For companies trying to break into the government market for the first time, past performance can seem a bit like the old chicken-and-egg conundrum. Sometimes it can appear like a company can’t win a government contract without a strong record of past performance–but can’t build a past performance record without contracts! And with the government’s continued movement away from lowest-price, technically acceptable evaluations, past performance seems increasingly important.
But that doesn’t mean the government always has to consider past performance as an evaluation factor. Instead, as a recent GAO bid protest decision confirms, procuring agencies have broad discretion to omit past performance in appropriate cases.
GAO’s decision in Pathfinder Consultants, LLC, B-419509 (Mar. 15, 2021) involved a VA Request for Proposals seeking a contractor to provide communications strategies and support services. The RFP was issued as a commercial item acquisition under the procedures set forth in FAR Parts 12 and 15. The RFP stated that award would be made on a best-value tradeoff basis, considering just two factors: technical merit and price.
A potential bidder, Pathfinder Consultants, LLC, filed a pre-award bid protest with GAO, challenging the terms of the solicitation. Among its arguments, Pathfinder contended that it was unreasonable for the VA to decline to include past performance as an evaluation factor.
The GAO explained that, as a general matter, “[t]he determination of a contracting agency’s needs and the best method of accommodating them are matters primarily within the agency’s discretion.” Further, FAR 15.304(c)(3)(iii) provides that “[p]ast performance need not be evaluated if the contracting officer documents the reason past performance is not an appropriate evaluation factor for the acquisition.”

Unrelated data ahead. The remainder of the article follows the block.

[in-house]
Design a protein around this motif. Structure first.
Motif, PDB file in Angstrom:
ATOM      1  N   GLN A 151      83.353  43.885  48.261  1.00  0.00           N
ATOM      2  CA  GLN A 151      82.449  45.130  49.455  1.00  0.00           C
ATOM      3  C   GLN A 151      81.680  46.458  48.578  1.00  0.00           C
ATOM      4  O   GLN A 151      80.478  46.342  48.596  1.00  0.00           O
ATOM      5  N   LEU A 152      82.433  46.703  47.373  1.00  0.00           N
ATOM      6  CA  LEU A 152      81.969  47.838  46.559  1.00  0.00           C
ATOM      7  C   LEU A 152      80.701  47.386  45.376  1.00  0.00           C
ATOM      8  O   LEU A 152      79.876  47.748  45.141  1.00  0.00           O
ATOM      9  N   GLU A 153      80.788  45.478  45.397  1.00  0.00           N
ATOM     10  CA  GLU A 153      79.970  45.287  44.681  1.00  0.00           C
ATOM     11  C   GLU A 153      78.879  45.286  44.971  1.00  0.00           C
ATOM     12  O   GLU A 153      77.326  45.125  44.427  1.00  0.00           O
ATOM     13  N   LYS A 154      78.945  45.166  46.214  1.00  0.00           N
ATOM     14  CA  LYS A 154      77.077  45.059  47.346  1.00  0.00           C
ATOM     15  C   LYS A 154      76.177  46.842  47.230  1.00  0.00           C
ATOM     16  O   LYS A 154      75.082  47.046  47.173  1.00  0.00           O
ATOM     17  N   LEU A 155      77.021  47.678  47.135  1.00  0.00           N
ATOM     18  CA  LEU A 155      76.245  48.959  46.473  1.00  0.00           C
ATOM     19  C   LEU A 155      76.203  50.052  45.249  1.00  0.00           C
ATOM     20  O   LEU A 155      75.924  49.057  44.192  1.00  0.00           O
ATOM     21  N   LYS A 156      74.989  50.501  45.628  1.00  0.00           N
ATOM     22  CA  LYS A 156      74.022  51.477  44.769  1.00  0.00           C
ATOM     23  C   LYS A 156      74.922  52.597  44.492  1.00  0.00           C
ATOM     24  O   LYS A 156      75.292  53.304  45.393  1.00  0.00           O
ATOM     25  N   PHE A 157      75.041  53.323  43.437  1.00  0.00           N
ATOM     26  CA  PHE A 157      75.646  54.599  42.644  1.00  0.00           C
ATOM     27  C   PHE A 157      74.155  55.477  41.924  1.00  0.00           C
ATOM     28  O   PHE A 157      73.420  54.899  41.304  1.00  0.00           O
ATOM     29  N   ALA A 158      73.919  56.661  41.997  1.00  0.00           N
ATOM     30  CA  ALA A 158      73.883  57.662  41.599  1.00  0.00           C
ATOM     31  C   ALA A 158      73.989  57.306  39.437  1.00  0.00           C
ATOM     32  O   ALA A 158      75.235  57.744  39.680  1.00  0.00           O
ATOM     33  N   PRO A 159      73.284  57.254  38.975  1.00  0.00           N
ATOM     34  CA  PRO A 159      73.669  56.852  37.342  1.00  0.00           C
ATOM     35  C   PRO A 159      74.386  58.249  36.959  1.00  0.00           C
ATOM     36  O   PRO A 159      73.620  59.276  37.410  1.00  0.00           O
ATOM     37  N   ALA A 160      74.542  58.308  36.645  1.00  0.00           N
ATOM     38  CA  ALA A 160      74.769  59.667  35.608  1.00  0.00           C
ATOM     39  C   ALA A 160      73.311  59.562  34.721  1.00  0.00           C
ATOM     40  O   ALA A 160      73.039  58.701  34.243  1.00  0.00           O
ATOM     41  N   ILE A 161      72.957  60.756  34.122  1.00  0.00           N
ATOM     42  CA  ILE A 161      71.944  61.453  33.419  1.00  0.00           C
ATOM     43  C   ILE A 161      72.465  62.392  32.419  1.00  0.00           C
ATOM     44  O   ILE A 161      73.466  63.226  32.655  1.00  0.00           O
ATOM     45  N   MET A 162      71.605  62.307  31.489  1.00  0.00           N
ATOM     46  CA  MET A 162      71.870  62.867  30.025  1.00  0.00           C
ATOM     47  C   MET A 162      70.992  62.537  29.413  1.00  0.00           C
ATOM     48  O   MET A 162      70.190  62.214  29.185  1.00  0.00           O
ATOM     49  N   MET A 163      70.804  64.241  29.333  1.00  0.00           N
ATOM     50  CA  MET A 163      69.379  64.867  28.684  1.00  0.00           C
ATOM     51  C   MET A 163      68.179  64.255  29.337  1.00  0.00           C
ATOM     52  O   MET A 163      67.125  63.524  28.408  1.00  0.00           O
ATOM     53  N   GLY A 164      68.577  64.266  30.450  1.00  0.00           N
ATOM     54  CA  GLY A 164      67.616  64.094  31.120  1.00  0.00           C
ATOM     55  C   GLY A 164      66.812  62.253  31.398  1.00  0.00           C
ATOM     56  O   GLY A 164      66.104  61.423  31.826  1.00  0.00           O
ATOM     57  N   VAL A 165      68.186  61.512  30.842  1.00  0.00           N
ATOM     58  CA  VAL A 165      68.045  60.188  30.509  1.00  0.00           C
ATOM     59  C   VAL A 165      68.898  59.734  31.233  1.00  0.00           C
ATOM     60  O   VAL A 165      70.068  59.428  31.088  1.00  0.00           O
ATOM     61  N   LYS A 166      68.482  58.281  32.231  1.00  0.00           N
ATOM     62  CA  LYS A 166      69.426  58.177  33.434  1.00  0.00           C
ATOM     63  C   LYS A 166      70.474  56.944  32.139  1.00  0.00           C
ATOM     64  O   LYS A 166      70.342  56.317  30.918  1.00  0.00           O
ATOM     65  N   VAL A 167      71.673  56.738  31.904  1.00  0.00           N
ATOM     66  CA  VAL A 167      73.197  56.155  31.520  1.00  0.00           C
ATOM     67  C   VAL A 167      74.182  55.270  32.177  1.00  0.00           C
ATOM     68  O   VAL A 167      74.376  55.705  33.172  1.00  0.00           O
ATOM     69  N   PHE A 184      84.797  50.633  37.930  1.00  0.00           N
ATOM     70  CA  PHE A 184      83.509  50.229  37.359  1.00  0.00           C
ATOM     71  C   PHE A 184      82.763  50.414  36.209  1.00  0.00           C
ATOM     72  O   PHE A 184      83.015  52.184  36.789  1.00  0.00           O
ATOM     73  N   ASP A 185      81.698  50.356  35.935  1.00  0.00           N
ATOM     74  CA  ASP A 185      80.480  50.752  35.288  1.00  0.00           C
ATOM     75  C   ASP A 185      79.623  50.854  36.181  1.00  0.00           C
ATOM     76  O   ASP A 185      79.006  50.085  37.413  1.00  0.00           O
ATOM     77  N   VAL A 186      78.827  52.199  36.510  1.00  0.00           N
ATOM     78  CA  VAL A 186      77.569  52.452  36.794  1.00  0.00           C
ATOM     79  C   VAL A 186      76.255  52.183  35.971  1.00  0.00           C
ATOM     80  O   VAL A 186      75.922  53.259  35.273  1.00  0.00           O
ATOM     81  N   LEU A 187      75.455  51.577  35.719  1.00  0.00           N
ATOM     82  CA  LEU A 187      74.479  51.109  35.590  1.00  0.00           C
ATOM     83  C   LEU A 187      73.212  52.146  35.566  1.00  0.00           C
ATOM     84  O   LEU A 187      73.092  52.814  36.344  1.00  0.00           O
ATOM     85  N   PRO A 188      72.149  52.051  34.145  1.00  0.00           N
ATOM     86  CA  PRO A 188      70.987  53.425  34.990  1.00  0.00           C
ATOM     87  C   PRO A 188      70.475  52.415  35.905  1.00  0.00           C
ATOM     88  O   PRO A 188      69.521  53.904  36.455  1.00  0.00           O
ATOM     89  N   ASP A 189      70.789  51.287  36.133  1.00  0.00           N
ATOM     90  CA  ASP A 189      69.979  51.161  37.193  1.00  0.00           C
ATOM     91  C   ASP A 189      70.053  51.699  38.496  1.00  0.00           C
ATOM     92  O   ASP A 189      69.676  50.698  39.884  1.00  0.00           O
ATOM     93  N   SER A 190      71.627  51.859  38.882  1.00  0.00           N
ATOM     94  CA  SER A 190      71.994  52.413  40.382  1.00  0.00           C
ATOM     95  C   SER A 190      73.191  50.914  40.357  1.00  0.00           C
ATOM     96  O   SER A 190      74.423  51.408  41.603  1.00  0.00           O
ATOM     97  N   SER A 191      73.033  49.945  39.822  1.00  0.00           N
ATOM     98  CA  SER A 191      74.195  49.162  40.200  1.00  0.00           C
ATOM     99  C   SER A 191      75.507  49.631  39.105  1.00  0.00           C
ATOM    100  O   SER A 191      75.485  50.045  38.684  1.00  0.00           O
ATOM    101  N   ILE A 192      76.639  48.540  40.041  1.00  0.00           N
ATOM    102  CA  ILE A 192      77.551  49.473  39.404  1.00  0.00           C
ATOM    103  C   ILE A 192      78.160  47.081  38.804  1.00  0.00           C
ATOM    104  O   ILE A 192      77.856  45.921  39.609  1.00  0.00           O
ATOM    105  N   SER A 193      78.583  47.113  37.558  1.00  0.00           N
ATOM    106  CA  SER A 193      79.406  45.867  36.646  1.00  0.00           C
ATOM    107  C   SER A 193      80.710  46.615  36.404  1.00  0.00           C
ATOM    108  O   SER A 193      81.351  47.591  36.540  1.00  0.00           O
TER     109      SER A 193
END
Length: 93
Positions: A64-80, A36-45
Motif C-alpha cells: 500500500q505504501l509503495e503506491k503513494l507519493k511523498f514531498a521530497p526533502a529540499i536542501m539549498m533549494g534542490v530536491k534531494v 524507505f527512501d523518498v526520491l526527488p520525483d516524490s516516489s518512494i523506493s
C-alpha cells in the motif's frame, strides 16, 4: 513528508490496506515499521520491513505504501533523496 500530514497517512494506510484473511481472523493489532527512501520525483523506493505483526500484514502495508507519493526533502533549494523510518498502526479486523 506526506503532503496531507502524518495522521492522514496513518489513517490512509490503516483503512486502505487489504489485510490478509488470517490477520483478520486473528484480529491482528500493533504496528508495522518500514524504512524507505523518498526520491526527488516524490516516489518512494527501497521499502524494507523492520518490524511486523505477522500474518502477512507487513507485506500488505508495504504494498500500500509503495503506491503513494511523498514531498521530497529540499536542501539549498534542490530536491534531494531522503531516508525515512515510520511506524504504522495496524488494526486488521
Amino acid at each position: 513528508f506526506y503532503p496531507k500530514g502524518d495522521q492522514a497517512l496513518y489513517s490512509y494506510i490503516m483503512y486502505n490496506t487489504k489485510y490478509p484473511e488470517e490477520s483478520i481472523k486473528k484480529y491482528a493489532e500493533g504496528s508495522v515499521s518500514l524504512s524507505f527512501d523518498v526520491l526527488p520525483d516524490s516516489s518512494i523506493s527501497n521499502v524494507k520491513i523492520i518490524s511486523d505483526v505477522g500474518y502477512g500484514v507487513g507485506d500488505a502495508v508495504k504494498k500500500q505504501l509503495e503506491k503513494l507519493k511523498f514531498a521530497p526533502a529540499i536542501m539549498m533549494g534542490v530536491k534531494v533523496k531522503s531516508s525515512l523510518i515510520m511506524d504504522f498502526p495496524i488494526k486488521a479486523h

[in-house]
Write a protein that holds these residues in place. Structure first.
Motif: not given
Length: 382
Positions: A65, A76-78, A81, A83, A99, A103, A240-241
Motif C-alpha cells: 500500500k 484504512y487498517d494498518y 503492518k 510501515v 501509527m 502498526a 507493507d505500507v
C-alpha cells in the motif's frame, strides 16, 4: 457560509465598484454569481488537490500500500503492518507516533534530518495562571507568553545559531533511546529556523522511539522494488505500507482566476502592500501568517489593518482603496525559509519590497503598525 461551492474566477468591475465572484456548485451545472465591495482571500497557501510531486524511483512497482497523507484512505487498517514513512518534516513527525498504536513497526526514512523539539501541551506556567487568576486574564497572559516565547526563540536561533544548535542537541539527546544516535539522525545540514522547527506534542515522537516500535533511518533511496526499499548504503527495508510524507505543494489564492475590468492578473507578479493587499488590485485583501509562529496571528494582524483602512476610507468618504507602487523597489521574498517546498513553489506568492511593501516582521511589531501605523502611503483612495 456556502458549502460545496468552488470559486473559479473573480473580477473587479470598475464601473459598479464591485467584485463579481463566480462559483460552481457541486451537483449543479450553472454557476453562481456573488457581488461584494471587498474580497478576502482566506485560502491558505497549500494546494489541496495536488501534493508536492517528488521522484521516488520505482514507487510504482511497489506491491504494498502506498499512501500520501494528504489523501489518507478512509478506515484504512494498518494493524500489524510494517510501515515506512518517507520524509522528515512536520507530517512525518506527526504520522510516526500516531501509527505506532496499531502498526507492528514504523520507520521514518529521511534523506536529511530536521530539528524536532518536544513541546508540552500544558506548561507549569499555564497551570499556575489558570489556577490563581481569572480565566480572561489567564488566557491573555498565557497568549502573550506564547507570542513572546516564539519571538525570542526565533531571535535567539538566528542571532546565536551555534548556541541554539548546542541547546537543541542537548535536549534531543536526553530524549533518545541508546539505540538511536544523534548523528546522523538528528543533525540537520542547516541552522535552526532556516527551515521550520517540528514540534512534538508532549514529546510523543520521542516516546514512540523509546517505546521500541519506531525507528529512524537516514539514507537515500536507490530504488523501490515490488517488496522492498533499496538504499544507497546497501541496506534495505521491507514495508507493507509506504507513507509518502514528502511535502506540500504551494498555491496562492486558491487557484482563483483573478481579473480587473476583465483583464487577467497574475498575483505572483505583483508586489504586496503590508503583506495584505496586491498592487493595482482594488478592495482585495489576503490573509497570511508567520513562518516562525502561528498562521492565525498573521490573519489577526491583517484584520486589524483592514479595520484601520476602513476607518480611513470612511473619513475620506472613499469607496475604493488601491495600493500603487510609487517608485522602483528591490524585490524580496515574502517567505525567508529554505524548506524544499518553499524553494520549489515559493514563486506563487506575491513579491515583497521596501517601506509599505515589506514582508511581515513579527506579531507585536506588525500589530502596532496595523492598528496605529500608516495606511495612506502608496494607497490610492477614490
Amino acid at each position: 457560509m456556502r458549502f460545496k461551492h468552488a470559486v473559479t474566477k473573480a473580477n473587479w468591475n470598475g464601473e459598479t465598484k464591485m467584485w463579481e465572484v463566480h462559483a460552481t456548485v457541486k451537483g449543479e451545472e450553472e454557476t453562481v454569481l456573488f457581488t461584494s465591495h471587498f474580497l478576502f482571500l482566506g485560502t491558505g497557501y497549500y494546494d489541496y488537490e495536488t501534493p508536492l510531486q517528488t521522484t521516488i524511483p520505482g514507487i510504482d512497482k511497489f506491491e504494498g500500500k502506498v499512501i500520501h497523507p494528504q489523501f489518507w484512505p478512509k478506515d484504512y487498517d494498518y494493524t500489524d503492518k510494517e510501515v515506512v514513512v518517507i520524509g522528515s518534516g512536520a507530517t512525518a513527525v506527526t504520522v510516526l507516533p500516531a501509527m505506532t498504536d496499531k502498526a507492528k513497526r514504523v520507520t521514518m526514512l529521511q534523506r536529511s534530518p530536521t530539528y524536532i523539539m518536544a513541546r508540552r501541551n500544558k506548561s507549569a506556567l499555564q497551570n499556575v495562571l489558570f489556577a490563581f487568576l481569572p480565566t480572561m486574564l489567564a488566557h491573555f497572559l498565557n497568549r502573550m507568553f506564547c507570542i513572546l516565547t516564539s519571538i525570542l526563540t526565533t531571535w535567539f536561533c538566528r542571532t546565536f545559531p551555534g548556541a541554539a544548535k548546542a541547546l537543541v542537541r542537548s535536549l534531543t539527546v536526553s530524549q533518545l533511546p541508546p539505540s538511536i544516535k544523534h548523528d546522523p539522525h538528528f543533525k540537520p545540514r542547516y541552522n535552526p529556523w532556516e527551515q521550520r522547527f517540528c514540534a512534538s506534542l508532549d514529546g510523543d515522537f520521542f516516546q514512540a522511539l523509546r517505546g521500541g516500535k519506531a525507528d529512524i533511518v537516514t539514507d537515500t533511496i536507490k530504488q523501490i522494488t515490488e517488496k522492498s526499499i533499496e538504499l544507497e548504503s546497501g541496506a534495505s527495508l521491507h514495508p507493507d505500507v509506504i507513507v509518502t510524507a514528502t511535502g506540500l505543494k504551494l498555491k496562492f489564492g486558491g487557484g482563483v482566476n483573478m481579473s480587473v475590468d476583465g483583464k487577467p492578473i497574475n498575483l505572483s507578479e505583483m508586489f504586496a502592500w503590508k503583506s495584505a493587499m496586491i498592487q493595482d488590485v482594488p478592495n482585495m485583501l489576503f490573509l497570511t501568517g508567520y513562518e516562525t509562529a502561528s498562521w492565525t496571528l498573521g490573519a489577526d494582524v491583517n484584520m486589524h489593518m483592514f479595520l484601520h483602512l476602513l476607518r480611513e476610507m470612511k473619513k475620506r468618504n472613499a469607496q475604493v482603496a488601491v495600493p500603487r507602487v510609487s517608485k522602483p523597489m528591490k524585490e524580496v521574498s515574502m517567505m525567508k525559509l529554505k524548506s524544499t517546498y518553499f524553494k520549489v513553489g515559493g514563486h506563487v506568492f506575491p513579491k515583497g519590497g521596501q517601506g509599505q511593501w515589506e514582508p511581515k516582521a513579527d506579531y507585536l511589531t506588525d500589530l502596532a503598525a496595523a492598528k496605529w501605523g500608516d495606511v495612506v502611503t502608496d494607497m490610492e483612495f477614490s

In this case, GAO held, the VA–acting within its considerable discretion–had properly documented the reasons why it was unnecessary to consider past performance:
Here, the VA documented its determination and adequately explained why it concluded that evaluating past performance was not appropriate for this solicitation. When drafting the solicitation, the VA noted that the types of communication services to be acquired were not particularly complex or difficult, and that therefore only assessing each offeror’s proposed technical approach would provide sufficient indication as to the likelihood of successful performance. Further, the VA explained that reviewing past performance information for communication services that are generally performed favorably was unnecessary and would not yield significant date for evaluative purposes. The protester has provided no basis for us to question the agency’s conclusion.
GAO denied Pathfinder’s protest.
As we’ve discussed on this blog, new entrants to the federal marketplace have options when it comes to past performance–like, in some cases, submitting past performance acquired as a member of a joint venture, or submitting the past performance of a subcontractor. But another strategy is to look for solicitations without past performance as an evaluation factor. As the Pathfinder Consultants case demonstrates, they’re out there, even in some services NAICS codes.
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